Freedom After Betrayal
A Ministry Wife’s Guide to Dealing with Pornography in Her Marriage
I had a feeling early on in my marriage that something wasn’t quite right. So what does an idealistic, somewhat naive, newlywed who just moved across the country with her Bible school graduate husband to join the staff of a church do with something like that? Nothing. She does absolutely nothing.
Some women explode, some run, some hide and some, like me, go through the motions and pretend everything is just fine. Denial is a gift of sorts. It buys us time until we gain the courage or motivation to deal with the stuff of life. In my case, denial bought me thirteen years.
Typing that number makes me want to defend myself. I don’t think I was fully conscious of my life-by-denial strategy in the beginning. But the week we brought our second son home from the hospital, I walked in on my husband as he was viewing pornography. The thing that wasn’t quite right, was right in front of my eyes. I felt the steamy enticement of lust followed by the suffocating oppression of shame as if there were a tangible presence in the room. With our three year old in his big boy bed, our newborn swaddled in the crib, and my mother on the pull out sofa in the living room, I made a conscious decision to close my eyes to the reality of my life. I lived that way for another four years.
What finally tipped the scale was anger. I morphed into a woman I never meant to become. I started swearing. I blew up at my husband over little things like socks left beside the bed. I was impatient with our boys and subsisted with a low level irritation that could accelerate into a full-scale temper tantrum faster than the Magic School Bus.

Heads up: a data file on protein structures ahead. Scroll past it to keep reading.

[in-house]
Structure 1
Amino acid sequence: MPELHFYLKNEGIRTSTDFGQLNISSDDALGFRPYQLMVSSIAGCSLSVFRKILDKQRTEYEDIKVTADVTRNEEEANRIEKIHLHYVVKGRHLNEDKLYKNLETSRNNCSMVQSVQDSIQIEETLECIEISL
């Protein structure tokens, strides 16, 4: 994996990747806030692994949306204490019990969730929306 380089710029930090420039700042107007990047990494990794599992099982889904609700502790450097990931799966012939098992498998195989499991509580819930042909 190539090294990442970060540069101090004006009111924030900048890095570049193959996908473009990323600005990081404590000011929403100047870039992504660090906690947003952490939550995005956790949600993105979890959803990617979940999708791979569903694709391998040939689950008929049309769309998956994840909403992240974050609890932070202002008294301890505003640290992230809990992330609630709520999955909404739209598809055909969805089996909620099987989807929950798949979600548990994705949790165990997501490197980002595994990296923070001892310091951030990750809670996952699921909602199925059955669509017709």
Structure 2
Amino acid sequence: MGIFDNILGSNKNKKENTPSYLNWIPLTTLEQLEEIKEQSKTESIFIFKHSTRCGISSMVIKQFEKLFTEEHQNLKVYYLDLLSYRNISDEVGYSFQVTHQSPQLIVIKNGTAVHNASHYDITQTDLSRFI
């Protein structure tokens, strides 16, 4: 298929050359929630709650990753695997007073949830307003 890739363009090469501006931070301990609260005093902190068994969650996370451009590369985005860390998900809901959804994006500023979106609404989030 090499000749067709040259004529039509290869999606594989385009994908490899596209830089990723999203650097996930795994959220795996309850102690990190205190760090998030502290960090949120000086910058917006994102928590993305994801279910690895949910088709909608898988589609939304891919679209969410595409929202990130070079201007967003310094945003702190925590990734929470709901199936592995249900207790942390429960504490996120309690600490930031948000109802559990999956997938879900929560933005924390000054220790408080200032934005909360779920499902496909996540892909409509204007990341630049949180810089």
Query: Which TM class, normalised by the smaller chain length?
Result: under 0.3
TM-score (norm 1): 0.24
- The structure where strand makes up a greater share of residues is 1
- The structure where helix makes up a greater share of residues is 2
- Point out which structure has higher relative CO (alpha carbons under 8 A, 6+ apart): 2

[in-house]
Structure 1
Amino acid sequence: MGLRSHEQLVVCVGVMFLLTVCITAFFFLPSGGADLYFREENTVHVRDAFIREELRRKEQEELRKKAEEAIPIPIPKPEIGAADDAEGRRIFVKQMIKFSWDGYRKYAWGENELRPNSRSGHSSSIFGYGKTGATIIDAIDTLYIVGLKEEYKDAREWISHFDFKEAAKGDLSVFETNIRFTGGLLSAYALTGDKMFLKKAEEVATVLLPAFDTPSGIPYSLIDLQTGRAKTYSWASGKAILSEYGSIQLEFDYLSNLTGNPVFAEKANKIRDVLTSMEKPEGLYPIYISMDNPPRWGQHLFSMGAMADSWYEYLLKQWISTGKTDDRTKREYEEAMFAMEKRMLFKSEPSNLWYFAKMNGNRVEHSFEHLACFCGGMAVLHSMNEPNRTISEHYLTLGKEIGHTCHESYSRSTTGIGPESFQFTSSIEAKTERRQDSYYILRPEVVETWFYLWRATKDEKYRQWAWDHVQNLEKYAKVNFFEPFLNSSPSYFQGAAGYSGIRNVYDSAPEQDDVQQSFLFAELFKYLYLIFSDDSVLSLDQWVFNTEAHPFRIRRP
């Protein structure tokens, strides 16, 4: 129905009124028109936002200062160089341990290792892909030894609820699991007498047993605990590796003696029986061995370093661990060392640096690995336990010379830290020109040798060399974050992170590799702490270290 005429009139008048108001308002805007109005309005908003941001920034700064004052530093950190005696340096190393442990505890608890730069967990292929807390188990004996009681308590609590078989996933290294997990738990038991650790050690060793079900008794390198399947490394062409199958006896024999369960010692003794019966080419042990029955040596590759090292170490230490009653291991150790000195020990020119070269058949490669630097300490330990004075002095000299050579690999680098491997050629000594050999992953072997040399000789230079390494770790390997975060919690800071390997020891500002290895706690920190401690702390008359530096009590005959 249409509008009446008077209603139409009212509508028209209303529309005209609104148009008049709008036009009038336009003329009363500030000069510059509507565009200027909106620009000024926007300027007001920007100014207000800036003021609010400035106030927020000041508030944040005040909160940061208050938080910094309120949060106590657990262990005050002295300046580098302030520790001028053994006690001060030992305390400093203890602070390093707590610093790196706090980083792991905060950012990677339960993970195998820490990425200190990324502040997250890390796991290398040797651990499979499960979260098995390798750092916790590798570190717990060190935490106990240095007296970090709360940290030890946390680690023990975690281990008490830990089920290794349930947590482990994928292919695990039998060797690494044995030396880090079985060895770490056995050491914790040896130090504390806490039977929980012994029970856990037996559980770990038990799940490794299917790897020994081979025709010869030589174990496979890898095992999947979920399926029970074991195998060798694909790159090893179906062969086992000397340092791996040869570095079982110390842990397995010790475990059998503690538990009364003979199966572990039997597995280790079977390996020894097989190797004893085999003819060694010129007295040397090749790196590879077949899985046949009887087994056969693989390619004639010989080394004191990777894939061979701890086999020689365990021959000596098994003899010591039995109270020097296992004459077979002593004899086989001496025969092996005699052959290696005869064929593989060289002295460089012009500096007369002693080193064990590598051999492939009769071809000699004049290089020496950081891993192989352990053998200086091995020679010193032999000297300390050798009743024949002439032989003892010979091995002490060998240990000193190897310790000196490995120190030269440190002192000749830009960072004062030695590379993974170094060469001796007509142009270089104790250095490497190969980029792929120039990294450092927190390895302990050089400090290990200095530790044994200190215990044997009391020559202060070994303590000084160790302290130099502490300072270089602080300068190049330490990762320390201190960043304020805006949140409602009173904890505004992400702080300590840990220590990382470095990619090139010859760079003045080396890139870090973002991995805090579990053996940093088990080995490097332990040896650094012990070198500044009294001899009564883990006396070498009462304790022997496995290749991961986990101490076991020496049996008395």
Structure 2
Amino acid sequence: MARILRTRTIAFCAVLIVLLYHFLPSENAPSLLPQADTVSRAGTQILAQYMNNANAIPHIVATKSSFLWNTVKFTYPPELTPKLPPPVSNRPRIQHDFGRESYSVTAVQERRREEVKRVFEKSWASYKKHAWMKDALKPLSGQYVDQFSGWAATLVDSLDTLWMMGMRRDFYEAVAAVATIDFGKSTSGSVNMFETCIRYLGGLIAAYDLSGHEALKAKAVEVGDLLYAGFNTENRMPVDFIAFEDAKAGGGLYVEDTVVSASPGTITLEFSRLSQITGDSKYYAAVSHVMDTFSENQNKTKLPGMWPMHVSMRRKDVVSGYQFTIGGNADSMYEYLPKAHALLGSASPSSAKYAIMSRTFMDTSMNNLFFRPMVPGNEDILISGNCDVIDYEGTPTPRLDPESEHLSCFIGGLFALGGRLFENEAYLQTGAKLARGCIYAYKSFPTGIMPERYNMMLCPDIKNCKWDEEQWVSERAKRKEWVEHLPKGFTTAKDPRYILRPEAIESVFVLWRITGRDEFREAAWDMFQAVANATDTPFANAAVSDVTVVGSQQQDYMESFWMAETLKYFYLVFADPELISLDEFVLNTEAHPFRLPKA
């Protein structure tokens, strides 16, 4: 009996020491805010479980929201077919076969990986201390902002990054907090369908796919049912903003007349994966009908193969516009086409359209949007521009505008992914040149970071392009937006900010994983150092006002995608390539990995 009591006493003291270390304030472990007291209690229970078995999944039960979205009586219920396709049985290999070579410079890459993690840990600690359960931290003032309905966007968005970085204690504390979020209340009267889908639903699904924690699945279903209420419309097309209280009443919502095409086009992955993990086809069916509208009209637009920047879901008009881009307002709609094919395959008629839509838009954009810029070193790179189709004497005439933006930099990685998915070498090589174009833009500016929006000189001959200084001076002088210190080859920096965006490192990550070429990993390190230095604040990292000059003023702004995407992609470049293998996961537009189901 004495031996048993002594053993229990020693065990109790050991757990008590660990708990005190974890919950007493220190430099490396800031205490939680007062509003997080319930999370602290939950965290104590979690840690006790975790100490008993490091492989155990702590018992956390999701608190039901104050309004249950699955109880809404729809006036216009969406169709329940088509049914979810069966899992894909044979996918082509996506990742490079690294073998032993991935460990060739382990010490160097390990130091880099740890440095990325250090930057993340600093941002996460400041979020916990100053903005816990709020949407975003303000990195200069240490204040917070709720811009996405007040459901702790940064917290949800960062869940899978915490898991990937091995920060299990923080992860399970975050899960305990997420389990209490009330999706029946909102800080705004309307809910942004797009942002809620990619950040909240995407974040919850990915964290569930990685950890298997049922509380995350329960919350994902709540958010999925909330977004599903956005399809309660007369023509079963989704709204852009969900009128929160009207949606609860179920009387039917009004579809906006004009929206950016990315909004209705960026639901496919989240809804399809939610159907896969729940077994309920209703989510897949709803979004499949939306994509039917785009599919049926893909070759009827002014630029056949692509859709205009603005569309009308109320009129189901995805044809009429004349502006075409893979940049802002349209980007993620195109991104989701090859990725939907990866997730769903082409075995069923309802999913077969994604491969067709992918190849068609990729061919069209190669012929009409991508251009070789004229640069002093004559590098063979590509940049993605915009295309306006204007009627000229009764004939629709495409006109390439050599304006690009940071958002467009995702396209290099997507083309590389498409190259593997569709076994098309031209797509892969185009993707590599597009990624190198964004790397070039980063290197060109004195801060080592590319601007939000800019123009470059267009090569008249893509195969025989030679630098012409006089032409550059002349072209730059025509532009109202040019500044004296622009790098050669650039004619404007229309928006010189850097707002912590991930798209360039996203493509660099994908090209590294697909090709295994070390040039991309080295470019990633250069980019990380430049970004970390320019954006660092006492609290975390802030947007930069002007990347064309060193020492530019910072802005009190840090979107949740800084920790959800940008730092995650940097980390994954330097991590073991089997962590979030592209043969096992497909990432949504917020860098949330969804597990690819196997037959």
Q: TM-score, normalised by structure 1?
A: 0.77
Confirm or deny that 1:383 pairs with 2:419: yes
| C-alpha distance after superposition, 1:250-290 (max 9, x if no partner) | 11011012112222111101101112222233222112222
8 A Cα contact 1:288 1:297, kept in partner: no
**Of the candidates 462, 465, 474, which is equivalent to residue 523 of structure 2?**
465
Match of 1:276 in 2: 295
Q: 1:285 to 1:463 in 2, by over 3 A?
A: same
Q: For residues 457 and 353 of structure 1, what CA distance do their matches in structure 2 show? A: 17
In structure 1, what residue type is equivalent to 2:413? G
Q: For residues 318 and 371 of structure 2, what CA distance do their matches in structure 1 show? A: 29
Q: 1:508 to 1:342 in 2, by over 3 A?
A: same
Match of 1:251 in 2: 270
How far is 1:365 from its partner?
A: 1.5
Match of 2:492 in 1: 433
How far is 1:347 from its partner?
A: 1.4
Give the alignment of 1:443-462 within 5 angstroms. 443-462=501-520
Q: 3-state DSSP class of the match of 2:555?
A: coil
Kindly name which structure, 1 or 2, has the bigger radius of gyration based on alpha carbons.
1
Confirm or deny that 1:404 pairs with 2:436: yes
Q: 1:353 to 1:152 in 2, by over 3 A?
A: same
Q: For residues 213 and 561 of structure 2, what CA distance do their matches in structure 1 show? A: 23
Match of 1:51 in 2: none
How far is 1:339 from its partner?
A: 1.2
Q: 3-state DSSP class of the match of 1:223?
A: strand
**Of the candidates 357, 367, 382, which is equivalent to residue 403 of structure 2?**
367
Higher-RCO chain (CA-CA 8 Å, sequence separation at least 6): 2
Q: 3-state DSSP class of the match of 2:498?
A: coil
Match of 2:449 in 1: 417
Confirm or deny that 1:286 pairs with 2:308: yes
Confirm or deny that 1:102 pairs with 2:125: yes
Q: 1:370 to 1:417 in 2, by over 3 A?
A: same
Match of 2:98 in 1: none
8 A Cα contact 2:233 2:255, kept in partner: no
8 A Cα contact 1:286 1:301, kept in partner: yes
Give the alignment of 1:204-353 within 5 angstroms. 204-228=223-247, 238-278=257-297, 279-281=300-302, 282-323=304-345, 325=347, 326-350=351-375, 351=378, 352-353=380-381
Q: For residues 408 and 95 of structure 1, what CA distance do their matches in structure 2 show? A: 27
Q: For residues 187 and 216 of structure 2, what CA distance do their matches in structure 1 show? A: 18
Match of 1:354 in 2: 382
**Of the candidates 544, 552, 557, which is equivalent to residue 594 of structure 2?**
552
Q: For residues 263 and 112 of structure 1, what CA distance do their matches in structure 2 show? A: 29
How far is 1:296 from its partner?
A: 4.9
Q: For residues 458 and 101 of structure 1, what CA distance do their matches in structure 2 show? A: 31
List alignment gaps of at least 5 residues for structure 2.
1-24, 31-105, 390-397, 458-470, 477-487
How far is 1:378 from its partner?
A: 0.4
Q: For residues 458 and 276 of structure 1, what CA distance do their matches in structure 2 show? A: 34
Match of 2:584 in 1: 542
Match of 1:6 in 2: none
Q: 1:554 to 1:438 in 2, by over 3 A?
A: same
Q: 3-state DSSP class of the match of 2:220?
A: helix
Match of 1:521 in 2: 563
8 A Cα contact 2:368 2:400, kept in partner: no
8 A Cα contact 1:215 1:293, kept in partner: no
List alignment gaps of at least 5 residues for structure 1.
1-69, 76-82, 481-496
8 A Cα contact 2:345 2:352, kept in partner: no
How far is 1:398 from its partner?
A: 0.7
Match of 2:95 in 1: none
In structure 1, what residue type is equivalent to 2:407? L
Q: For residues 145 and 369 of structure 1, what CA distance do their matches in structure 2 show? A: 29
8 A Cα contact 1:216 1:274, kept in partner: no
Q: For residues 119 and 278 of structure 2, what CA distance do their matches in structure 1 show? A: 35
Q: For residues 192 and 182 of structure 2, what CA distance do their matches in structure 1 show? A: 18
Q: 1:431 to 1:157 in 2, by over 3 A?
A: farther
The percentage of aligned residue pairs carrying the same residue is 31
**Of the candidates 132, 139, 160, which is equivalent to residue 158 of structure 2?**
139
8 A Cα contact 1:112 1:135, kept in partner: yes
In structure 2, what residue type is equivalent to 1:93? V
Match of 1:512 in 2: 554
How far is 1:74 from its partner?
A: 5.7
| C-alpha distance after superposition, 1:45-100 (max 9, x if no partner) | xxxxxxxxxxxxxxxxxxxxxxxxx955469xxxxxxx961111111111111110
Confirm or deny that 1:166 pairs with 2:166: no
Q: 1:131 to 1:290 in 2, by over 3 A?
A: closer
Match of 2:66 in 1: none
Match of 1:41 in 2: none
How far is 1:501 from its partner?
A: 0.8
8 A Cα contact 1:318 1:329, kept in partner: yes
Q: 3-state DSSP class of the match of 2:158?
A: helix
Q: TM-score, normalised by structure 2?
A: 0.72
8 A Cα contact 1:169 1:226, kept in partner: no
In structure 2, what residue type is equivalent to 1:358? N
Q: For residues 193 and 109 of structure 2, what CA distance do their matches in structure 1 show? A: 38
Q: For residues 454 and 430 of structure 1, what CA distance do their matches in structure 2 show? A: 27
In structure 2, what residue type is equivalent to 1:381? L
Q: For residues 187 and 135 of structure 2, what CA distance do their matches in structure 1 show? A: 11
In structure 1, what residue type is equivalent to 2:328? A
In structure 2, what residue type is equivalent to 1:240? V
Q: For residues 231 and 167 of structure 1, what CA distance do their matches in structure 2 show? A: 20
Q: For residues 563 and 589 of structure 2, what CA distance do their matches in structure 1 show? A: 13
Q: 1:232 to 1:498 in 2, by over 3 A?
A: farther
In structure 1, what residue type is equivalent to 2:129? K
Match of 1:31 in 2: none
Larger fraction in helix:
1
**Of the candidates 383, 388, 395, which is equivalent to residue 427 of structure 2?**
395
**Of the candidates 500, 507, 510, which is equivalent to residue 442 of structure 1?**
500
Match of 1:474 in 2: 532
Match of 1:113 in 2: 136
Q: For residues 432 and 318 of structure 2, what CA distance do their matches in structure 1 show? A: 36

When I reflect on the journey, I know that being a ministry wife contributed to how I chose to respond. I was afraid. I believed that, had his struggle come to light with our church at the time, my husband would have been fired. I hold nothing against our leadership on that church staff, but I don’t think they would have known what to do with our mess. I felt so alone.
Statistics tell us that 50% of pastors regularly look at pornography. Which means around half of ministry wives are living with a lack of sexual integrity. It breaks my heart. And that’s one reason why I’m here, telling my story. I can’t go back and relive years of my life, but I can offer hope. I can encourage other women not to waste any more time in reaching out for help.
If you are not in the half of ministry wives living with a lack of sexual integrity, you know someone who is. So whether you need a friend to shine light in your darkness or whether you will be the friend shining light, I have a few thoughts to guide you.
1. Know that it’s not about you. We blame ourselves, don’t we? If I was just prettier or curvier or more adventurous, my husband wouldn’t have this problem. Please know I am not absolving wives of all relational responsibility, but when it comes to a decision to look outside the marriage to satiate one’s sexual appetite, that is the responsibility of one. We are never responsible for the choices other people make. When your spouse is acting out sexually, it’s hard to believe it’s not about you. It’s hard to not take it personally. It feels so deeply personal. But chances are your spouse was engaging in these behaviors long before you were a part of his world. It’s not about you, but it does affect you.
It’s not about you, but it does affect you.
2. Understand the mechanism of shame. For many women, the fact that their husband has kept a secret is more painful than the betrayal itself. I know my husband didn’t come into our marriage with devious plans of how he was going to deceive me. He simply followed the path shame led him down. I understand because, when I discovered his secret, shame made it my secret. I fell in step right behind him.
3. Own the reality. I am really good at thinking about “whatever is pure” and “whatever is lovely.” In fact, that’s all I want to think about. One day the Holy Spirit challenged me not to use Philippians 4:8 as an excuse for denial. I got out my Bible, read the passage again, and realized the very first phrase is “whatever is true.” Ouch. Here’s what I learned – it isn’t until after we own the truth of our lives that we are able to move beyond the pain. Denial is like holding your breath in an attempt to suspend reality. It may buy some time, but you can’t do it for long, and it will keep you from moving forward.
Denial is like holding your breath in an attempt to suspend reality.